Stenton was the home of famous Philadelphian James Logan.
Stenton was the home James Logan, the great Philadelphian citizen. Logan held several major public offices in the Colonies and made numerous contributions to the city. He served for years as secretary to William Penn.
Logan's splendid 18th century manor originally sat on 511 acres, surrounded by vast gardens. The land was acquired between 1723 and 1730, while the house was finished by 1730. Logan designed the manor himself and named it after his father's birthplace in East Lothian, Scotland.
Today the property is considerably smaller, while old-fashioned gardens still surround the house. The interior is expansive and elegant, yet simple. Logan was a Quaker and his house reflects this typical inclination toward simplicity by the Quakers.
The large entrance hall and impressive front staircase lead to the dining room and library. The dining room has a "whispering closet," where a servant could be stationed to listen to visitors before the Logans joined their guests. The visitors would not know they were being overheard. Underground tunnels connect from the cellar to the stables, and some say, to the family burial ground.
The British General Sir William Howe occupied Stenton and used it as his headquarters during the Battle of Germantown. General Washington had the good sense to stay at Stenton on August 23, 1777 on his way to the Battle of Brandywine. It is the only house in Germantown which was used by both commanders as headquarters. Washington also dined here on July 8, 1787, with Dr. George Logan when he was in Philadelphia for the Constitutional Convention.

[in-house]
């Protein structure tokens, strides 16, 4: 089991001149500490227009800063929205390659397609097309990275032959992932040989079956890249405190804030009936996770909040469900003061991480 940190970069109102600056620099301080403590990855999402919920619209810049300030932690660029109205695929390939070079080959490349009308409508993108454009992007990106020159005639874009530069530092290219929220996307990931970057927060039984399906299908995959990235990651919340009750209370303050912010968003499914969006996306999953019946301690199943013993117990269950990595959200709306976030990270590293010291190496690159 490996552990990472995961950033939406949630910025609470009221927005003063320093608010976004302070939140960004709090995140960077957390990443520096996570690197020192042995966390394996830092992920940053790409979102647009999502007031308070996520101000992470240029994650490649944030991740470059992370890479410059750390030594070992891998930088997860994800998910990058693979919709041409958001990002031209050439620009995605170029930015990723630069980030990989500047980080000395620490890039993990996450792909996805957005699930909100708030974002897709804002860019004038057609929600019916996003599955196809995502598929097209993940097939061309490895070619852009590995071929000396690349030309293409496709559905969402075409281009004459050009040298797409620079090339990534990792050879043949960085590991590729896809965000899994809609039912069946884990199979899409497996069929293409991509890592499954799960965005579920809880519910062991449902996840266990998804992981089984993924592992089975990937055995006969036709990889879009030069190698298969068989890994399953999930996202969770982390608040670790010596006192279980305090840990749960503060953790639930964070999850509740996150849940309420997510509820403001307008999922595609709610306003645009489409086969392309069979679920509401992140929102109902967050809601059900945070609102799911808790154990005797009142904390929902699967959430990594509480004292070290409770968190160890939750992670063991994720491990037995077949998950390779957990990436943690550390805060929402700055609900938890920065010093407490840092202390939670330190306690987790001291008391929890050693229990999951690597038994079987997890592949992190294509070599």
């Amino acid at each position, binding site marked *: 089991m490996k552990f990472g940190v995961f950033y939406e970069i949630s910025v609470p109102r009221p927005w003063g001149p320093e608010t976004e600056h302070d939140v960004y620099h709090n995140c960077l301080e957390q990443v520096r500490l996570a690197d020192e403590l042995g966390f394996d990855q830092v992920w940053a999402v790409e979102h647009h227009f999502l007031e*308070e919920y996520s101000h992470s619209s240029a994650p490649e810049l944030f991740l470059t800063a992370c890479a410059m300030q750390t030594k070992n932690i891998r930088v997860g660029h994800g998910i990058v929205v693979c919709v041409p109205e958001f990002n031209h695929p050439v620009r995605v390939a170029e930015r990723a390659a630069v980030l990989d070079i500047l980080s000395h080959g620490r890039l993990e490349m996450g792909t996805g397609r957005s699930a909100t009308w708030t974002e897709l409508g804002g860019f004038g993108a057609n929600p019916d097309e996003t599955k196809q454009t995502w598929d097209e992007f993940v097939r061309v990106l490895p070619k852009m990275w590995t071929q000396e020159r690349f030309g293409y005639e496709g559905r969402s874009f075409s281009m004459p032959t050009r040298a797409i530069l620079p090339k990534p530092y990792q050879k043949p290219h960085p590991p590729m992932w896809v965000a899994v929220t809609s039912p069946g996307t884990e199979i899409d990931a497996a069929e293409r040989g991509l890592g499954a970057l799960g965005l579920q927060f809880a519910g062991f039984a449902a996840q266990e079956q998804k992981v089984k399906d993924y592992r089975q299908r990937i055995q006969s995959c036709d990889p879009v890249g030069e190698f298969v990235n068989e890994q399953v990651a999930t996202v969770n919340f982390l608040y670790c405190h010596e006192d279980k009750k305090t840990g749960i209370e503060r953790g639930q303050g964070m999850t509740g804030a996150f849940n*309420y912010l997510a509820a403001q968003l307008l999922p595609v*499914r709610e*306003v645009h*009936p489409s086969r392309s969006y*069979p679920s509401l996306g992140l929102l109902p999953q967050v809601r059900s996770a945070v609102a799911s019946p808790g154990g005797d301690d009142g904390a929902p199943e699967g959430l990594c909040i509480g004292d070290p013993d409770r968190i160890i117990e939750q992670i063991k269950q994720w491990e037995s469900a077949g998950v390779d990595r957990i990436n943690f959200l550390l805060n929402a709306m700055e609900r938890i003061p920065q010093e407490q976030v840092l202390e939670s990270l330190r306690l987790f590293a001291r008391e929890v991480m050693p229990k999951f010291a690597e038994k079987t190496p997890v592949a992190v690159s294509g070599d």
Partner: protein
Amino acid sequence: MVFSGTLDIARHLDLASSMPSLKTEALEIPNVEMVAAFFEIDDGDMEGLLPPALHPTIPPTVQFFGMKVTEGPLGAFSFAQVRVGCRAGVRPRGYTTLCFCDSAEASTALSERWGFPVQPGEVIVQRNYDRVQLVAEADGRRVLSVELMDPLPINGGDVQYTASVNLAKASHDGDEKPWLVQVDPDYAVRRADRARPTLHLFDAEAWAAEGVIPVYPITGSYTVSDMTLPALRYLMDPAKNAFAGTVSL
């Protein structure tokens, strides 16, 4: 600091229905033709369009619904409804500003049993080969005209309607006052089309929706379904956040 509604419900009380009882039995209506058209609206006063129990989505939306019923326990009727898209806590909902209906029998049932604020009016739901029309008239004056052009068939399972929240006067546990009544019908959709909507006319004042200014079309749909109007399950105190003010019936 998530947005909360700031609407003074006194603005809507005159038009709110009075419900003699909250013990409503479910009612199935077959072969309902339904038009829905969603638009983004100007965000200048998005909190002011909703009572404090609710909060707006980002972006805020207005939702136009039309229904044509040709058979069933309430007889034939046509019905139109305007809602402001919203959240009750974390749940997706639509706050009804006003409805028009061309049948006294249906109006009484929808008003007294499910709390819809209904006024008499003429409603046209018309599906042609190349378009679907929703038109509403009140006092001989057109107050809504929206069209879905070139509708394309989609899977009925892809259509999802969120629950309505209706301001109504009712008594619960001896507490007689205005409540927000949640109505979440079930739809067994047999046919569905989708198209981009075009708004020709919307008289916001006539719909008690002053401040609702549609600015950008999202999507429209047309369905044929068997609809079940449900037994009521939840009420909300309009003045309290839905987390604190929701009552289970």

Stenton was almost destroyed by the British during their occupation of Philadelphia. The story goes that the manor was saved by the old woman (an African-American housekeeper named Dinah) who was left to look after the house. Two British soldiers approached one day with the intention of burning Stenton to the ground. They entered the barn looking for straw to start the fire. The old woman also knew the soldiers' intention. Just then she noticed a British officer riding down Main Street looking for deserters. She ran out and told the officer that she saw two men who looked like deserters enter the barn. Just then the soldiers returned with the straw and the officer immediately apprehended them, despite their protests. Stenton was saved.
1. Photos by Greg Heller, Copyright © 2000 by the Independence Hall Association
2. Jenkins, Charles F. The Guide Book to Historic Germantown. Germantown Historical Society, 1973.